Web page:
# Math Help - Taylor Series on a limit

1. ## Taylor Series on a limit

I'm generally ok with these sorts of problems, but these two have me stumped. Our professor hasn't gone over these particular cases (taylor series on a limit/integral) so any help is appreciated.

Here I have to use Taylor series to evaluate:

L'hopital doesnt get me anywhere on this limit. My Ti-89 says the limit is equal to 3 but that doesnt make sense. All the derivatives f'(3), f''(0) etc.. would just be 0 after making Taylors series pointless.

and,

Find the first four terms for the MacLaurin (Taylor series evaluated around x = 0) series for

Sumner

2. In the first one, you're supposed to use the Taylor series for $e^{x^2}$ and $\sin{x}$; namely, as $e^x=1+x+\frac{x^2}{2}+\frac{x^3}{6}+\cdots$, then $e^{x^2}=1+x^2+\frac{x^4}{2}+\frac{x^6}{6}+\cdots$; and as $\sin{x}=x-\frac{x^3}{6}+\frac{x^5}{120}-\cdots$, then $c=x^2-\frac{x^4}{6}+\frac{x^6}{120}+\cdots$.

Thus $\lim_{x\to0}\frac{e^{x^2}-1-x^2}{x\sin{x}-x^2}=\lim_{x\to0}\frac{\frac{x^4}{2}+\frac{x^6}{6} +\cdots}{-\frac{x^4}{6}+\frac{x^6}{120}+\cdots}=\lim_{x\to0} \frac{\frac{1}{2}+\frac{x^2}{6}+\cdots}{-\frac{1}{6}+\frac{x^2}{120}+\cdots}=-\frac{6}{2}=-3$.

--Kevin C.

3. Originally Posted by white-tt
I'm generally ok with these sorts of problems, but these two have me stumped. Our professor hasn't gone over these particular cases (taylor series on a limit/integral) so any help is appreciated.

Here I have to use Taylor series to evaluate:

L'hopital doesnt get me anywhere on this limit. My Ti-89 says the limit is equal to 3 but that doesnt make sense. All the derivatives f'(3), f''(0) etc.. would just be 0 after making Taylors series pointless.
follow the instructions. after writing out the Taylor expansions for $e^{x^2}$ and $\sin x$, there will be no need of L'Hopital's rule. it will simply be a ratio of polynomials, which you should be able to deal with

and,

Find the first four terms for the MacLaurin (Taylor series evaluated around x = 0) series for

Sumner
do you remember how to find the coefficients of the Taylor series? Hint: for the first derivative, use the second fundamental theorem of calculus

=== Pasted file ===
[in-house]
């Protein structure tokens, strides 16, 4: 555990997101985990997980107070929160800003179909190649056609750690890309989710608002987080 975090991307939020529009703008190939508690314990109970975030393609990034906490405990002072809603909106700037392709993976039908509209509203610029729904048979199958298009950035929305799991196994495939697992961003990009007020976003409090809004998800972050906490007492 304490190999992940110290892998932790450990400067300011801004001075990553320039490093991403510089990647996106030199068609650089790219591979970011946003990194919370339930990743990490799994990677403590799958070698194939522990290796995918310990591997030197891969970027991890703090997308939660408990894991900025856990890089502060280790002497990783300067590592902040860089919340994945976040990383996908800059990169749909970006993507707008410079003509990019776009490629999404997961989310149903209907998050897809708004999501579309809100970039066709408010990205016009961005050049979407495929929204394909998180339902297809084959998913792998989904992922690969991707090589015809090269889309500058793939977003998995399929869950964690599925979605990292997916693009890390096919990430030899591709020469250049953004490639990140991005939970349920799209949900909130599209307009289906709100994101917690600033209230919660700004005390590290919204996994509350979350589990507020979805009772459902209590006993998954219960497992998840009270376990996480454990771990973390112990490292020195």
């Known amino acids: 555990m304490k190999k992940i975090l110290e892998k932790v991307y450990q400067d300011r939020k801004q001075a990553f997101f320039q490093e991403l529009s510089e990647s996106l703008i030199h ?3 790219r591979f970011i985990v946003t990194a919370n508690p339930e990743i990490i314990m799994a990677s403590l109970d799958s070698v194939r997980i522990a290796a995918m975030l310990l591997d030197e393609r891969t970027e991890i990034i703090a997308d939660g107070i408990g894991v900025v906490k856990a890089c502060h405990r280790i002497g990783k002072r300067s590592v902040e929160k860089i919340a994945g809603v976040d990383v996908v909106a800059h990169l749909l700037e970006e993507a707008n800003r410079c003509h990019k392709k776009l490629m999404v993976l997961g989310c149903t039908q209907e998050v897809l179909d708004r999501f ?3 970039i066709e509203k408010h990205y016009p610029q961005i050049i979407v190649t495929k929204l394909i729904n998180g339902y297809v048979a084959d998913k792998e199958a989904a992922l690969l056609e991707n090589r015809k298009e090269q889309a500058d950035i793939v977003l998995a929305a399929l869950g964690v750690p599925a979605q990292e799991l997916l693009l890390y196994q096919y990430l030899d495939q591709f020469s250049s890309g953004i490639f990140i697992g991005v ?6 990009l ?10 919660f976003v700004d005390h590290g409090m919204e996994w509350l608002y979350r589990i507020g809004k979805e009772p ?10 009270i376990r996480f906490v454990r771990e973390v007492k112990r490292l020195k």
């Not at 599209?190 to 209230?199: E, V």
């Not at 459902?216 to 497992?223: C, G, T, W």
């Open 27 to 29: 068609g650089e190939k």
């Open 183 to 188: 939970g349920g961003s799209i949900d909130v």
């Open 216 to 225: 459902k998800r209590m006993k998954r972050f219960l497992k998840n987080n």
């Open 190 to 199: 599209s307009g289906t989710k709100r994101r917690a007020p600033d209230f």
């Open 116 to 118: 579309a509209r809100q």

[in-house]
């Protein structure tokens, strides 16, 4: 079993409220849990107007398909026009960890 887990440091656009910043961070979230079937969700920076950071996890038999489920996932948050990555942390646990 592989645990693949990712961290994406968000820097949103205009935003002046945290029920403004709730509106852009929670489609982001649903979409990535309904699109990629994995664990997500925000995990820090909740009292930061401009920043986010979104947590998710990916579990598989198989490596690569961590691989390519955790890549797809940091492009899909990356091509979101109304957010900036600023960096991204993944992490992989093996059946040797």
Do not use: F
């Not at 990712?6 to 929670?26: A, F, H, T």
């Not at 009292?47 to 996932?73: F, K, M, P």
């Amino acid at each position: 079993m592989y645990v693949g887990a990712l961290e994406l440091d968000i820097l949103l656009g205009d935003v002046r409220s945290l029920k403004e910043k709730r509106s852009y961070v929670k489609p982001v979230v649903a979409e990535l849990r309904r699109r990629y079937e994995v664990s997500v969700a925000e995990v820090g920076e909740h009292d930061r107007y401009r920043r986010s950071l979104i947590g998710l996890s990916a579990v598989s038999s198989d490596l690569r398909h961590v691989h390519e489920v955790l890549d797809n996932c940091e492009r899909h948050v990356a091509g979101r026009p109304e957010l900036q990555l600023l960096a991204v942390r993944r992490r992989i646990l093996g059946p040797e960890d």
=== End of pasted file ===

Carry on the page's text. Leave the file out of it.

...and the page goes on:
4. In the second, remember the definition of the Maclaurin series for f(x):
$f(0)+f'(0)x+\frac{f''(0)}{2}x^2+\frac{f'''(0)}{6}x ^2+\cdots$. Now, if $f(x)=\int_{0}^{x}\sqrt{1+t^3}\,dx$, then we see $f(0)=\int_{0}^{0}\sqrt{1+t^3}\,dx=0$. The Fundamental theorem of calculus tells us that $f'(x)=\sqrt{1+x^3}$, and from there you can find the higher derivatives, and thus the Maclaurin series.

--Kevin C.

5. A good alternative for arriving to the Mc Laurin expansion of...

$f(x)= \int_{0}^{x} \sqrt{1+t^{3}}\cdot dt$ (1)

$\sqrt{1+a}= 1 + \frac{1}{2}\cdot a - \frac{1}{2\cdot 4}\cdot a^{2} + \frac{1\cdot 3}{2\cdot 4\cdot 6}\cdot a^{3} - \dots$ (2)

... then you set in (2) $a=t^{3}$ and finally integrate 'term by term' ...

Kind regards

$\chi$ $\sigma$

6. Wow! Thanks for your help everybody, I didnt think of using expansions on the first one, that makes sense now.

You guys are a lifesaver!

Thanks again!!

Sumner

7. Hi

These 2 problems have already been posted recently

http://www.mathhelpforum.com/math-he...or-series.html

http://www.mathhelpforum.com/math-he...-integral.html

I guess generic1 and you are in the same class !

8. Originally Posted by running-gag
Hi

These 2 problems have already been posted recently

http://www.mathhelpforum.com/math-he...or-series.html

http://www.mathhelpforum.com/math-he...-integral.html

I guess generic1 and you are in the same class !

haha doesnt surprise me! Everybody's been pretty lost on these. Sorry for the double post then, guys! I tried searching but didnt come across those.